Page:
“There is something that is slightly inherently creepy about a puppet being brought to life. And so when you make a movie, because it’s an actual object that’s moving, so something just registers in your brain that that’s not quite right. But I think it creates a challenge when you’re trying to do a scene or a movie that has warmth and humor and heart because there’s an inherent thing with the process that’s a little bit off-putting, how do you then engage an audience so that you can overcome that? And one of the ways that you do that is by adjusting the animation style so can do that. By doing the kind of animation that we’re doing on this film, I think it gets rid of that weird kind of barrier between the audience of something kind of strange and an inanimate brought to life. So you do believe that these are living things.”

The Art of Rapid Prototyping

There wasn’t a single thing on the set of ParaNorman that didn’t blow my mind, but nothing I witnessed was as impressive or awe-inspiring as the process of rapid prototyping, also known as 3D printing.

When you break it down, the technology is a rather simple idea, but it’s the potential that’s so incredible. The printer functions by taking a 3D blueprint created by a designer on a computer and printing them out in physical form. What’s more, the machine isn’t limited to one kind of material, but instead can print in plastic, rubber, or even metal (and we’re talking titanium). The tech has actually been around for the last decade and was used by Laika to make Coraline, but what they are using now is even more advanced.

Primarily used by the studio to create replacement faces for each puppet so that they can express different emotions, the machines used on the set of Coraline were black and white printers that still required artists to paint in freckles, skin tone and more. For ParaNorman, however, they are using color printers that are actually able to consistently print out exact copies of the same design over and over again without inconsistencies.

With the use of the 3D printers, the team behind the film was able to produce approximately 8,000 different faces for Norman alone. Thanks to changeable and moveable pieces like eyebrows and mouths, this means that Norman can make about 1.5 million different facial expressions.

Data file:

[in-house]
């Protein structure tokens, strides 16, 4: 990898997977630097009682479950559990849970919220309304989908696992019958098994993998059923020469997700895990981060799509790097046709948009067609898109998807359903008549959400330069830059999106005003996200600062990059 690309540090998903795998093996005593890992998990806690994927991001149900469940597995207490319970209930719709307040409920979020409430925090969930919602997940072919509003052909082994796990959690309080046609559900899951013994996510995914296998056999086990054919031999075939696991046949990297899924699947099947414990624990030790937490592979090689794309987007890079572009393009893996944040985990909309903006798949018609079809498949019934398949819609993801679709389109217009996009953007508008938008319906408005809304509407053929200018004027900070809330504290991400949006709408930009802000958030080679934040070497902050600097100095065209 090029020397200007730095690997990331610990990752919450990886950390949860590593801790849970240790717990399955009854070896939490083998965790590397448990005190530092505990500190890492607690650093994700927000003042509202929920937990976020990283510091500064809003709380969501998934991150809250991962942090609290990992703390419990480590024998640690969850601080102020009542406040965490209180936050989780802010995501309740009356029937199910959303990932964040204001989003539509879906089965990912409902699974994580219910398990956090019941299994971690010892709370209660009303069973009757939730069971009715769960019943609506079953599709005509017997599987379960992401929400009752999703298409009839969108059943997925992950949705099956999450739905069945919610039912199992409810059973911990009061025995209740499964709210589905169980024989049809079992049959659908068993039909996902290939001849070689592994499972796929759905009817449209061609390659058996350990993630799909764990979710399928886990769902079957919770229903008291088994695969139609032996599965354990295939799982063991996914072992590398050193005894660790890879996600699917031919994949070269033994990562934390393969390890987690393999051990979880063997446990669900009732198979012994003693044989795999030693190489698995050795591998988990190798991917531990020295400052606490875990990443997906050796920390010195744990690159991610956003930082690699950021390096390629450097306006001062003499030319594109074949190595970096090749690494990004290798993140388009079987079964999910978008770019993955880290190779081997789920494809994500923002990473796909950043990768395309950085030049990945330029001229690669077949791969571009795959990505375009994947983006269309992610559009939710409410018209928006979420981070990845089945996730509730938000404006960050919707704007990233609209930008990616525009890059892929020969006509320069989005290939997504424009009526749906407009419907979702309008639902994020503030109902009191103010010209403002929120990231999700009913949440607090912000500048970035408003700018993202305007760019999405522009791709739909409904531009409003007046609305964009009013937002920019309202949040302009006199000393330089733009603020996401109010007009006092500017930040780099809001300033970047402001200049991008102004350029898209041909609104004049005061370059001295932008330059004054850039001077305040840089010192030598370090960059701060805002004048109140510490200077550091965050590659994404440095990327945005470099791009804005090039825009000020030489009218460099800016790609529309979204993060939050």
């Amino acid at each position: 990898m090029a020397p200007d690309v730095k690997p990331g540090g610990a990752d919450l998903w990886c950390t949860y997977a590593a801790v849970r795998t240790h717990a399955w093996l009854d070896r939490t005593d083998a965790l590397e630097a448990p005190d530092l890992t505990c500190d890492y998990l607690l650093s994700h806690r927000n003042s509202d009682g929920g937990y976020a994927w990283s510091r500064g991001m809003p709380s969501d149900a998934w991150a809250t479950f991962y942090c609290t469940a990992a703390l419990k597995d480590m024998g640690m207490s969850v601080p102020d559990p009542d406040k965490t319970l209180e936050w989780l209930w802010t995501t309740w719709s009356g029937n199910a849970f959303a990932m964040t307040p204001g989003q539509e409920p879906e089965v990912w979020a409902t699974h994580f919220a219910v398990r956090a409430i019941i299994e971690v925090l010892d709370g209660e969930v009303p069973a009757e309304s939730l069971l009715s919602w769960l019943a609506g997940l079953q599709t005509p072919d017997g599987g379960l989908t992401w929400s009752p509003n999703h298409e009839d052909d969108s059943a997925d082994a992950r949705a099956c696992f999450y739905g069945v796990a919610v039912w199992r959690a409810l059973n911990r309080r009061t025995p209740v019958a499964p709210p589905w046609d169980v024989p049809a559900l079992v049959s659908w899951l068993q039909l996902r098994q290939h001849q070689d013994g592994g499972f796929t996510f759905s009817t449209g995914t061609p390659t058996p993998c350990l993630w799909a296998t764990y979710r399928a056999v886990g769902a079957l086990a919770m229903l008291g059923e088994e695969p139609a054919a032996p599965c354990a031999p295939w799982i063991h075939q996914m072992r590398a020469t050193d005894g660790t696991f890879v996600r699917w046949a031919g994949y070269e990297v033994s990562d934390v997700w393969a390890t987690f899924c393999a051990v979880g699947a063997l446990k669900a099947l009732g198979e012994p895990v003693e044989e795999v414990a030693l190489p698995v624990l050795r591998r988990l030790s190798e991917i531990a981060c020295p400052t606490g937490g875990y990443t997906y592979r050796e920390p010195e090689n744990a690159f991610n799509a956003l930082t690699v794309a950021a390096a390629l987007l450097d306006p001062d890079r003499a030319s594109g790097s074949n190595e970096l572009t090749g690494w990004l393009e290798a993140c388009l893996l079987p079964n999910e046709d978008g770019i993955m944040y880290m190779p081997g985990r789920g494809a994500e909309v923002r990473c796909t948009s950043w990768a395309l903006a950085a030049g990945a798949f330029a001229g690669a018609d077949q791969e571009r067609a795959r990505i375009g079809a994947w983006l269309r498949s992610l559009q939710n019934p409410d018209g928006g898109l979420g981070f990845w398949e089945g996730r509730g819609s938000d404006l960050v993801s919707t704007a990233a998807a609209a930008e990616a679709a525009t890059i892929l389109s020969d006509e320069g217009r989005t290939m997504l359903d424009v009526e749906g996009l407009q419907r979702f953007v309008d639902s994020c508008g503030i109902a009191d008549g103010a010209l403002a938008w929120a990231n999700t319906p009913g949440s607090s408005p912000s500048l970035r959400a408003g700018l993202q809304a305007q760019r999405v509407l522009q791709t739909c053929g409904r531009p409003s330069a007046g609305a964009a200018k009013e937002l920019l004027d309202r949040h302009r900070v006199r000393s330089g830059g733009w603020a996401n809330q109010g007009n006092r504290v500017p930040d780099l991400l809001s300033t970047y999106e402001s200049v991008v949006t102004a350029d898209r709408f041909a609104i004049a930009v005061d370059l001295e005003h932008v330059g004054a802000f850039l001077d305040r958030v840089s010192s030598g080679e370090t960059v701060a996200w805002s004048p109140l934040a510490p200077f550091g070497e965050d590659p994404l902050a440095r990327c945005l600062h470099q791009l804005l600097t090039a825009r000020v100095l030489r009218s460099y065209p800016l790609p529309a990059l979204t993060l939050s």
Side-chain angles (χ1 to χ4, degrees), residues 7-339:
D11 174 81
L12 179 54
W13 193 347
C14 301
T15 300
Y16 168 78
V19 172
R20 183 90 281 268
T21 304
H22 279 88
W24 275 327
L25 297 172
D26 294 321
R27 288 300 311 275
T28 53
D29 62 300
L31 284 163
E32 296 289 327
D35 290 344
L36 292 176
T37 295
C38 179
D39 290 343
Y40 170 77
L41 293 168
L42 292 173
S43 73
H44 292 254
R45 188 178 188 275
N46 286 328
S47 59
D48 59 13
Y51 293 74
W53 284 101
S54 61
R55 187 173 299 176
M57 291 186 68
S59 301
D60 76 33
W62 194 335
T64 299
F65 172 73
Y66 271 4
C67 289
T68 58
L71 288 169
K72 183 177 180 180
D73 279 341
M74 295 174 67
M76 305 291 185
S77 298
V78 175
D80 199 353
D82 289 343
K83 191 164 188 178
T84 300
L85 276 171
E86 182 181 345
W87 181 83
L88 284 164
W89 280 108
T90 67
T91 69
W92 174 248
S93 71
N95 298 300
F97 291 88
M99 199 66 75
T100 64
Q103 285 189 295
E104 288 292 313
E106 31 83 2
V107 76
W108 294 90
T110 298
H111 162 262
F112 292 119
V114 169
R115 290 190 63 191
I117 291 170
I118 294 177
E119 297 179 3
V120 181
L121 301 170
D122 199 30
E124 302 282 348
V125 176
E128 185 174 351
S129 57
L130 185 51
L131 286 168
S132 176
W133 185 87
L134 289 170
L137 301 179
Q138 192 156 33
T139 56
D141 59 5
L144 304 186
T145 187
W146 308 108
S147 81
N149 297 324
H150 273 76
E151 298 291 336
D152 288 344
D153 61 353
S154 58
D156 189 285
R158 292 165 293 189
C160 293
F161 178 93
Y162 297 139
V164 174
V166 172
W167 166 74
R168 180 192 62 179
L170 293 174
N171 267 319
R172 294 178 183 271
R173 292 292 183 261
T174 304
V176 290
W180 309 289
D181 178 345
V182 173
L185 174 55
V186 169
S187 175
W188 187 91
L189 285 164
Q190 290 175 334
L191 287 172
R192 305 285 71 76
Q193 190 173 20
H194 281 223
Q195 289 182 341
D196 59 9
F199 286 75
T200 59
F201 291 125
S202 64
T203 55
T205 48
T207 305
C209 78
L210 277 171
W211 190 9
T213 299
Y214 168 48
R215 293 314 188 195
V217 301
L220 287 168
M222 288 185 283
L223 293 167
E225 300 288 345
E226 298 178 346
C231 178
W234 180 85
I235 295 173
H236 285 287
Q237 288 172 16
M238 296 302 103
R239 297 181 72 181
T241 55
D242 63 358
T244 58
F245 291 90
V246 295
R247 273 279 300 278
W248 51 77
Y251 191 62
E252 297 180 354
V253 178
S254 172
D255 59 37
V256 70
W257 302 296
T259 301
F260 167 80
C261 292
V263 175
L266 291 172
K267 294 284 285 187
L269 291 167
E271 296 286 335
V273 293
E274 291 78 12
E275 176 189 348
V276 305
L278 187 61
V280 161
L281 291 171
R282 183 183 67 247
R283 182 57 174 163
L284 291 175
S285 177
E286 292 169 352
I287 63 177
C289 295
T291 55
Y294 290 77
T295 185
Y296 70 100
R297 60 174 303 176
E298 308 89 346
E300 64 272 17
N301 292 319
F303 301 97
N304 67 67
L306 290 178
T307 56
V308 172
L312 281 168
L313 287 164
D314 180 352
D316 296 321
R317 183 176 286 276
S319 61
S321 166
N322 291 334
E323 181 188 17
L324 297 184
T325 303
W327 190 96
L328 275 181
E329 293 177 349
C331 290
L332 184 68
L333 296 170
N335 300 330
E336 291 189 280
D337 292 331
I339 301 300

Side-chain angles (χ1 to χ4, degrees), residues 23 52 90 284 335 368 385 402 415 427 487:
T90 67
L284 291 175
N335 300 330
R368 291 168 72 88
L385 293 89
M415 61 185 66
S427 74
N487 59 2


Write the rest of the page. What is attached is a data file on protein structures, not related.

One major element that contributed to the fact that Laika could move to the more advanced equipment is that the price on the technology has declined massively in the last few years. According to Brian McLean, the Director of Rapid Prototype on ParaNorman, the studio paid $150,000 per black-and-white unit on Coraline and only $50,000 per color unit on ParaNorman. “You can get a little desktop unit for – a desktop plastic one – for probably $20,000,” McLean said. “So the price is really dropping.” In fact, he predicts that in 10 to 20 years the printers will be so affordable that you won’t go to Amazon to purchase a basketball, but will instead simply print one out.

But with the incredible advancements also comes questions for the moviemakers, namely how far you can push it before you’re just making advancements for advancements’ sake? “That’s one of the things that we really struggle with,” McLean said. “Making sure that the technology that we’re bringing into Laika and that Laika is adapting is pushing the artform forward. It’s not just, ‘We’re doing it because we can.’”

ParaNorman will be released on August 17th. Stay tuned later today when we post the first half of our interview with directors Sam Fell and Chris Butler! In the meantime, to see more from the movie check out two exclusive images from the set below. There's also even more over in our Blend Film Database.

This invading hand gives you a sense of the scale of both the characters and the sets-- this one, of course, is a school hallway.

Heidi Armour is at work making Norman's hair perfectly spiky.

Eric Eisenberg

NJ native who calls LA home; lives in a Dreamatorium. A decade-plus CinemaBlend veteran; endlessly enthusiastic about the career he’s dreamt of since seventh grade.